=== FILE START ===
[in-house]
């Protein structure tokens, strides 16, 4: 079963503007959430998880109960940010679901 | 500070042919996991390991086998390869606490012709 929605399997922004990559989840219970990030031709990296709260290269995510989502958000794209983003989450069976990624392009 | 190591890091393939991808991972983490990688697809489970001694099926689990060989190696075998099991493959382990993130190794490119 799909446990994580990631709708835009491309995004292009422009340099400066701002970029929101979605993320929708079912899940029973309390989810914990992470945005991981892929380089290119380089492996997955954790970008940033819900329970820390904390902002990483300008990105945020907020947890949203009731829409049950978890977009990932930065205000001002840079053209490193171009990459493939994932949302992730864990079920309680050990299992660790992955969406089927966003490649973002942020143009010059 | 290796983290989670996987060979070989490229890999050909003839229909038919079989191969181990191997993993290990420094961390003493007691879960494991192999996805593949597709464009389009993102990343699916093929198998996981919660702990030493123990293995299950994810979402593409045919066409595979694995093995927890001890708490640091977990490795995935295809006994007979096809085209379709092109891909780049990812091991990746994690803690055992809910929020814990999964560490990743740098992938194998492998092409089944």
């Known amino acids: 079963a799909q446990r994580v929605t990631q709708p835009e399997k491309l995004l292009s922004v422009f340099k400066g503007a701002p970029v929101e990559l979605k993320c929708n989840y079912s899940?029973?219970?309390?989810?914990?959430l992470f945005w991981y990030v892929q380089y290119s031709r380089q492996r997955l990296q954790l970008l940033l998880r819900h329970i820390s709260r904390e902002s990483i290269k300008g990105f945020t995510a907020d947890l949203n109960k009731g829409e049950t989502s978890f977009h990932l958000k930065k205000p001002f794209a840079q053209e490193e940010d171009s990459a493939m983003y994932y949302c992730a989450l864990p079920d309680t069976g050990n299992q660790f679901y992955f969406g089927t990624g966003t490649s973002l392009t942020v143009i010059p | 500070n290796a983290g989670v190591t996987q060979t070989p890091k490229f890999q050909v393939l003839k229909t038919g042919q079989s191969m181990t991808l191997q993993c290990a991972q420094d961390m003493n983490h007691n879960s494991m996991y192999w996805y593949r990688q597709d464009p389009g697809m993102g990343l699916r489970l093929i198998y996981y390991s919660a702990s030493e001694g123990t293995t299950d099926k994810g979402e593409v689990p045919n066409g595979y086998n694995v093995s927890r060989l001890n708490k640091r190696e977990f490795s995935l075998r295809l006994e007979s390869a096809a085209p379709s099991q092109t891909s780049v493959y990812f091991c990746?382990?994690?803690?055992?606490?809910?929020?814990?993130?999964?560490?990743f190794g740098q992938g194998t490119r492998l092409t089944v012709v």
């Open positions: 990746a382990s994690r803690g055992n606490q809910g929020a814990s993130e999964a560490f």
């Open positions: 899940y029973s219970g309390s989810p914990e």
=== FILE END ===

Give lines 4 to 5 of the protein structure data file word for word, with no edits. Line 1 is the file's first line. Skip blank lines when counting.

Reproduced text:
């Open positions: 990746a382990s994690r803690g055992n606490q809910g929020a814990s993130e999964a560490f």
């Open positions: 899940y029973s219970g309390s989810p914990e």